From the Director of Junior School, Anthony Banboukjian
Prayer of the Week
As this is our last week of term, and as we look back on our class work, our sport, our play and events in the life of our school community, let us give thanks to God.
God who teaches us, we praise you for what we have learned so far this year.
God who challenges us, we praise you for moments of surprise and difficulty.
God who loves us, we praise you for our friends and families who support and understand us.
God who guides us, we praise you for our school, Waverley College Junior School, which encourages us to lead Christian lives and to be the best we can be.
Bless our journey as we prepare for the holidays.
Blessed Edmund Rice: Pray for Us
St Mary of the Cross: Pray for Us
Live Jesus in our Hearts: Forever
End of term
It is hard to believe that we have come to the end of another term. The boys were challenged today to ensure that they are working to the best of their ability for the reminder of the year – all eight weeks (I know that sounds crazy).
I hope everyone has an enjoyable and safe holiday. School starts back on Monday October 9 which will be Week B and the boys will be required to come to school in full summer school uniform.
Please note that Saturday summer sports starts in the first week of term 4. All families should have received a Skoolbag App notification from Mr Ryan outlining the training days, times and draws for all teams. If boys have training on Monday they will need to make sure they have the right gear.
What an amazing event. The fantastic participation from all our students and the tremendous help from our wonderful parent group meant that the walkathon went extremely well. Thank you to all the parents that volunteered to assist throughout the day. Your help was very much appreciated.
The charities that we are supporting this year will all benefit from the almost $50 000 promised by the boys
- Edmund Rice Camps NSW
- Sydney Children’s Hospital
- Savio Education Centre
- Prostate Cancer Foundation
- Cure for Life Foundation
- Local Families
Special thanks to Mr Anthony Gill for his outstanding organisation of the day. It was very much appreciated.
Message from Mr Gill
We would like to extend our deepest thanks to all the parents and grandparents who gave up their time on last Friday to attend and help out at this year’s Junior School Walkathon. There were more than 130 parent helpers for this fantastic community day. A special mention of thanks needs to be sent to former Waverley College parent, Niccla Kurz and Mondo Kitchen (https://www.mondokitchen.com.au) for their continued support of this event. They have generously donated delicious cakes for many years which have been enjoyed by the parent volunteers for morning tea.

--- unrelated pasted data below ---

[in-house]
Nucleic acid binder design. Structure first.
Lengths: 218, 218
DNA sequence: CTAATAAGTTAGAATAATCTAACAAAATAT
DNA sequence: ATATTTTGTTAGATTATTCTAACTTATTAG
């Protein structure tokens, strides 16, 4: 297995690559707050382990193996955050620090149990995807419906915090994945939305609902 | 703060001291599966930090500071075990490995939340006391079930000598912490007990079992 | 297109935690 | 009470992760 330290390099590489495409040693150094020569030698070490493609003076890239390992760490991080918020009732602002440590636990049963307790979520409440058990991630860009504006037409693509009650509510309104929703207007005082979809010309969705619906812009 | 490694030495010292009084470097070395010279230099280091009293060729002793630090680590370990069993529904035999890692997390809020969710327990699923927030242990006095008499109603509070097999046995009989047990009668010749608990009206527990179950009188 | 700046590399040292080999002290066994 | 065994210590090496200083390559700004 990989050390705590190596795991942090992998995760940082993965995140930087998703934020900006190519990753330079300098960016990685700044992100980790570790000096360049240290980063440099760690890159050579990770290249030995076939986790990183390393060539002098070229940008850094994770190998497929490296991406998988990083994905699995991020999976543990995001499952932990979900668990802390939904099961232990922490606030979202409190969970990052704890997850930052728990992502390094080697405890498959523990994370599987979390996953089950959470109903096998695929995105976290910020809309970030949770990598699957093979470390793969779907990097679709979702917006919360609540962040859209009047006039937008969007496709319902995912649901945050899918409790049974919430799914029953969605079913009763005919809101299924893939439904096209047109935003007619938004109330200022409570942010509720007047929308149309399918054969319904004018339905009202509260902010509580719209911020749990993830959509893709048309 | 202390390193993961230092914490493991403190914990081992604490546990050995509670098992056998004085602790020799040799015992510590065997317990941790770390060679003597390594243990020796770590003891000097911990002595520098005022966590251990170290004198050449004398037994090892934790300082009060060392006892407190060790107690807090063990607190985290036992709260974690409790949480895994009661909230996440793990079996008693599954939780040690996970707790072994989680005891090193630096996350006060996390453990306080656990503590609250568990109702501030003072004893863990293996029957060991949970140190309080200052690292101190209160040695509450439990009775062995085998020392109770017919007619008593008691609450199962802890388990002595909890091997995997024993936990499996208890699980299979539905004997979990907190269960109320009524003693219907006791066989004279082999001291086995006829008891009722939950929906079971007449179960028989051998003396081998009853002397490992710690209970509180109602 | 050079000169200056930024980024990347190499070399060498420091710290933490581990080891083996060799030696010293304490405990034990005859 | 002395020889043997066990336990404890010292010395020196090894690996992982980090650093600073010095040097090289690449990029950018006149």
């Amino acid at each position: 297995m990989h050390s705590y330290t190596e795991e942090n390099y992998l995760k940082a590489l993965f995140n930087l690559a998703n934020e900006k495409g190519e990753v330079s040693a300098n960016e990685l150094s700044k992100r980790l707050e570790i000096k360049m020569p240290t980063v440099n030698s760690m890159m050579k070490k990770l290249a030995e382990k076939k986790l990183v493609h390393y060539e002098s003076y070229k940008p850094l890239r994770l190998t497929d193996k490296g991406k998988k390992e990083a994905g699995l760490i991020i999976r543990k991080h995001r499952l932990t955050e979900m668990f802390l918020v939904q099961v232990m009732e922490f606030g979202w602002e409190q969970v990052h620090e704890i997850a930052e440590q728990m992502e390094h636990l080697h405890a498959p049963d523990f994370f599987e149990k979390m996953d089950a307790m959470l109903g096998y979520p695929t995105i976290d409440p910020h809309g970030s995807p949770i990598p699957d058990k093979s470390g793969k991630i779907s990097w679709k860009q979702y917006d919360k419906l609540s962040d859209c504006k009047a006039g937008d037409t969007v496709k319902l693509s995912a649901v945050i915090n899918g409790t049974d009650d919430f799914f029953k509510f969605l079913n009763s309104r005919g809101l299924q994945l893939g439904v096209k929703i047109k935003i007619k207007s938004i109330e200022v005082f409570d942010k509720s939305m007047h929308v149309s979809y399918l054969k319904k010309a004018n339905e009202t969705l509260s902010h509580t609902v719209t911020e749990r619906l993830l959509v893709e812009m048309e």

Congratulations must also go to the boys who walked a combined 5,195 km around Centennial Park. 16 boys walked 29km in the 3 hours, that’s 7 laps around Centennial Park, an awesome effort. The boys have pledged a total of just over $50,000 so far. Tristan Lee of 5 White will smash the school fundraising record with a promise of more than $6,500 and Tashi Harrison of 5 Blue has also put in an amazing effort by collecting more than 150 different sponsors.
Well done to all the boys for their efforts in this year’s walkathon. It was a great day! Now it is time to collect all the sponsorship.
Junior School Basketball A
The Junior School A-Grade Basketball Squad took part in The Scots College Hoops Tournament last Saturday at both the Lions Den and Fairfax Courts at Scots, Bellevue Hill.
This is the fourth year we have attended this tournament since its inception in 2014. Eight schools battled it out in two pools before all are placed in a final to decide placing and conclude the morning. All up the A-Grade boys made a good account of themselves over four 26-minute games for 104 minutes of basketball in the morning. Not bad for ten boys who turned up with very tired legs from yesterday’s Walkathon.
Overall we came fifth with two wins against: Cranbrook 20-13 and Grammar St Ives 16-12. The two losses were to the powerful SCEGGS Redlands 19-40 with their five CIS reps and to St Aloysius 15-23 after leading 15-11 with 6-minutes to go before we self-destructed. This was the second best result we have had at this tournament in the four years we have attended. Well done boys.
Overall we acquitted ourselves well and were quite competitive. The boys enjoyed the morning and it gives us a good start to the second half of our season in term four. We appreciate all your efforts to give up your Saturday to represent your school. Thanks for the parent support on the day. It is always great to have you at our games.
Well done to the following boys for their performances in the 2017 International Competitions and Assessments for Schools (ICAS) Mathematics competition:
Year 5 – Credit Awards
- Bailey Barker
- Freddy Maree
- Campbell Porteus
- Aston Owens
Year 5 – Merit Awards
- Lucas Atherton
Year 6 – Credit Awards
- Jack Crotty
- Hugh McDonald
- Finn Stranix
- Oliver Schai
- Aidan Mahoney
- Thomas Holroyde
- Edison Beswick
- Jake Perks
- William Perkins
- Ethan Fernandez
Year 6 – Merit Awards
- Conor Black
- Hugo Morgan
Congratulations to Matthew Wong and Joel Hammerschmidt for their Distinction Awards which places them in the top 6-7% of the country – well done.